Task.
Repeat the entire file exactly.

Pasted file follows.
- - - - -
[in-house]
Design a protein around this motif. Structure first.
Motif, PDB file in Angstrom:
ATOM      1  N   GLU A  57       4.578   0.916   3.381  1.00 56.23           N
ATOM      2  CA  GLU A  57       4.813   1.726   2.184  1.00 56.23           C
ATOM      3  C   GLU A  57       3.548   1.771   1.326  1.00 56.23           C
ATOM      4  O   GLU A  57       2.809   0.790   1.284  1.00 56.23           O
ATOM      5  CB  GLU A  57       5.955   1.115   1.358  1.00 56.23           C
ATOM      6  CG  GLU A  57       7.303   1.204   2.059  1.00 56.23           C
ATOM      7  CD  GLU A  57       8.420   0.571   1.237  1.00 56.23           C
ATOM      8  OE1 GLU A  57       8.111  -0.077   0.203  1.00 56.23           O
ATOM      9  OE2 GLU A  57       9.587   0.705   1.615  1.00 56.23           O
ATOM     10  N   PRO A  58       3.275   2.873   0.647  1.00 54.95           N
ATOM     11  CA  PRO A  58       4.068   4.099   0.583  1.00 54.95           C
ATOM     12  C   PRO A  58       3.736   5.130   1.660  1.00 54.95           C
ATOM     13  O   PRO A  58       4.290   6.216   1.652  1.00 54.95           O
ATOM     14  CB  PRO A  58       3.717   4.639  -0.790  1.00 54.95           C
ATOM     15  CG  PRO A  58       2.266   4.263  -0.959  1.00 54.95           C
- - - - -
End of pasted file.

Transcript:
[in-house]
Design a protein around this motif. Structure first.
Motif, PDB file in Angstrom:
ATOM      1  N   GLU A  57       4.578   0.916   3.381  1.00 56.23           N
ATOM      2  CA  GLU A  57       4.813   1.726   2.184  1.00 56.23           C
ATOM      3  C   GLU A  57       3.548   1.771   1.326  1.00 56.23           C
ATOM      4  O   GLU A  57       2.809   0.790   1.284  1.00 56.23           O
ATOM      5  CB  GLU A  57       5.955   1.115   1.358  1.00 56.23           C
ATOM      6  CG  GLU A  57       7.303   1.204   2.059  1.00 56.23           C
ATOM      7  CD  GLU A  57       8.420   0.571   1.237  1.00 56.23           C
ATOM      8  OE1 GLU A  57       8.111  -0.077   0.203  1.00 56.23           O
ATOM      9  OE2 GLU A  57       9.587   0.705   1.615  1.00 56.23           O
ATOM     10  N   PRO A  58       3.275   2.873   0.647  1.00 54.95           N
ATOM     11  CA  PRO A  58       4.068   4.099   0.583  1.00 54.95           C
ATOM     12  C   PRO A  58       3.736   5.130   1.660  1.00 54.95           C
ATOM     13  O   PRO A  58       4.290   6.216   1.652  1.00 54.95           O
ATOM     14  CB  PRO A  58       3.717   4.639  -0.790  1.00 54.95           C
ATOM     15  CG  PRO A  58       2.266   4.263  -0.959  1.00 54.95           C